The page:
Holy cow. Here are some of the things I love about this clip: the jackal’s frustration (I’ve seen my dog do this with a soccer ball), the ridiculous face of the first vulture, and the way the FOUR FOOT TALL VULTURE at the end dwarfs the EAGLE.
When I lived in South Africa, I was delighted to discover that you can purchase ostrich eggs in the grocery store. There are tons of ostrich farms around, and the eggs, which weigh 3 or 4 pounds, are quite good. While on holiday, we bought one to have for breakfast. You can’t just crack them (unless you have a rock and you don’t mind half a gallon of egg everywhere), so you actually have to drill a small hole in the top of the egg and then drain it into your pan.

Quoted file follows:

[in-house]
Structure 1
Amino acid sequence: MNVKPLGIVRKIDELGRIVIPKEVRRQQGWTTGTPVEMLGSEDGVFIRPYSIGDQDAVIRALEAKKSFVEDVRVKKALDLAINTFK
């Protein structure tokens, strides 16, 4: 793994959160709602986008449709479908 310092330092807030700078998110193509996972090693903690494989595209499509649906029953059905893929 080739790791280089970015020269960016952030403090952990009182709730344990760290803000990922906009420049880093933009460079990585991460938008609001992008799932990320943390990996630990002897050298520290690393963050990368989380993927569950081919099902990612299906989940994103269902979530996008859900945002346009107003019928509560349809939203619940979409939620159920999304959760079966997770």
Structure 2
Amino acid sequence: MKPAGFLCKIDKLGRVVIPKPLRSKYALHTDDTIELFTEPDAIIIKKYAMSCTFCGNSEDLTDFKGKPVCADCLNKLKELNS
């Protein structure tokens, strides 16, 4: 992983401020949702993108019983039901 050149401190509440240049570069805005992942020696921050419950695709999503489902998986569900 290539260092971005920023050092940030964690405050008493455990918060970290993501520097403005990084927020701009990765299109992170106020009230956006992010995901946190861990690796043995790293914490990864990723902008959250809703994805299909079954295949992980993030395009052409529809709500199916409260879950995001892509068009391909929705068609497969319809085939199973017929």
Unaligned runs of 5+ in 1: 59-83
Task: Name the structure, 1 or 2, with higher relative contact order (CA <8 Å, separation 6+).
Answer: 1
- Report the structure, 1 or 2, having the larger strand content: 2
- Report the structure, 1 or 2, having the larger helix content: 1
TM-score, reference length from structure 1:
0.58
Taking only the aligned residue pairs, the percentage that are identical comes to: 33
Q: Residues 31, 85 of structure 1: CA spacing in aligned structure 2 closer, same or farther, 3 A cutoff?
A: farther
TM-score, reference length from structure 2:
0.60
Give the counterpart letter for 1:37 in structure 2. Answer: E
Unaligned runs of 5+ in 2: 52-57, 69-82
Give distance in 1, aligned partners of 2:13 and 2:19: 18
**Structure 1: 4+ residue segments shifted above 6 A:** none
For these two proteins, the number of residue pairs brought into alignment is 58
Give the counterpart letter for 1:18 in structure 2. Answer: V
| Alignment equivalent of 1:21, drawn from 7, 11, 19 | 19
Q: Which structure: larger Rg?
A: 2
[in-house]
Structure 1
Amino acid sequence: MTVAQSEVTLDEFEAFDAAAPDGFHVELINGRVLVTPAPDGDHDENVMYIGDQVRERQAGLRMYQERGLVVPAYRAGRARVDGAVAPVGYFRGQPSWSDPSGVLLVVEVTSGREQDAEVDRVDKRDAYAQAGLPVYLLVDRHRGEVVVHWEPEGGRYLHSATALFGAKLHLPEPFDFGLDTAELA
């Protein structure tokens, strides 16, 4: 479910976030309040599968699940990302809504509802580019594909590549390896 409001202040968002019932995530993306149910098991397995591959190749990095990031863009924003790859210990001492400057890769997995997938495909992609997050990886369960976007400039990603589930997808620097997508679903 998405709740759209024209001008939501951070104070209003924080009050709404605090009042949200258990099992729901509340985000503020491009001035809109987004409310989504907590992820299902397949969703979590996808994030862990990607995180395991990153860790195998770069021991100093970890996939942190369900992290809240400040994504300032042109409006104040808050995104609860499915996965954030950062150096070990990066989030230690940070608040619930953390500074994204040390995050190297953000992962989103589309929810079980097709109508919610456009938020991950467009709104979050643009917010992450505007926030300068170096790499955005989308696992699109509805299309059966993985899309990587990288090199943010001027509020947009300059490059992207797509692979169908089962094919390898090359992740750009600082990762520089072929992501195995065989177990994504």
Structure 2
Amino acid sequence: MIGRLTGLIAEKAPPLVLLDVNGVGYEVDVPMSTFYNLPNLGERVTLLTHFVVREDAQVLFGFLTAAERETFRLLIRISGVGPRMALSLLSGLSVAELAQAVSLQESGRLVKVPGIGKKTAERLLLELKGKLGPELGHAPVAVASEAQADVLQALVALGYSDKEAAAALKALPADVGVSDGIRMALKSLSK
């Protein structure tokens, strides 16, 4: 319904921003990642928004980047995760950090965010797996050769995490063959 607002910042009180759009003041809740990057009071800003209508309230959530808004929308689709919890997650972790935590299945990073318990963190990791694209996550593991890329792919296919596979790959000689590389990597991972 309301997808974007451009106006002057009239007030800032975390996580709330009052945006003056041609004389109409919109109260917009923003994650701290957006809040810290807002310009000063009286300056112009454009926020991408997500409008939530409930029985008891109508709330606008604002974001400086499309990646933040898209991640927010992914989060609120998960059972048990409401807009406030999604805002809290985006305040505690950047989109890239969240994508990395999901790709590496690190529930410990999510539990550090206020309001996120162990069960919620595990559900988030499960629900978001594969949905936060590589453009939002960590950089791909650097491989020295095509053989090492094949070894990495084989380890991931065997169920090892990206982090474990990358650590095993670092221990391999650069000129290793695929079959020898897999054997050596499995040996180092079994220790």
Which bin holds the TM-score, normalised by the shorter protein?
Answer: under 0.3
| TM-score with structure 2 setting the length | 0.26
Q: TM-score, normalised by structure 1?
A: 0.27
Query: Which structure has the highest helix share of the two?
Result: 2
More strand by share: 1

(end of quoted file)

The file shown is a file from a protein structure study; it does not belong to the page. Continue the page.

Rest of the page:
Our one ostrich egg, scrambled, served more than eight people.
Recently I had to put together a display about the family Canidae and thought I’d share some of the very cool things I discovered with you all. Being a big dog lover myself, I’m forever fascinated with this family, which is in the Order Carnivora (from the Latin for “to devour flesh”), which also includes cats (Felidae), bears (Ursidae), and a smattering of other righteously cool predators.
The words “canid,” “canidae,” and “canine” all have roots in the word “canis,” which is Latin for “dog.” Also, “caninus,” meaning “of the dog.” The word “canine” refers to “pointed tooth.” (I heart etymonline.com!)
Yellowstone wolf pack in 2001. Via National Park Service.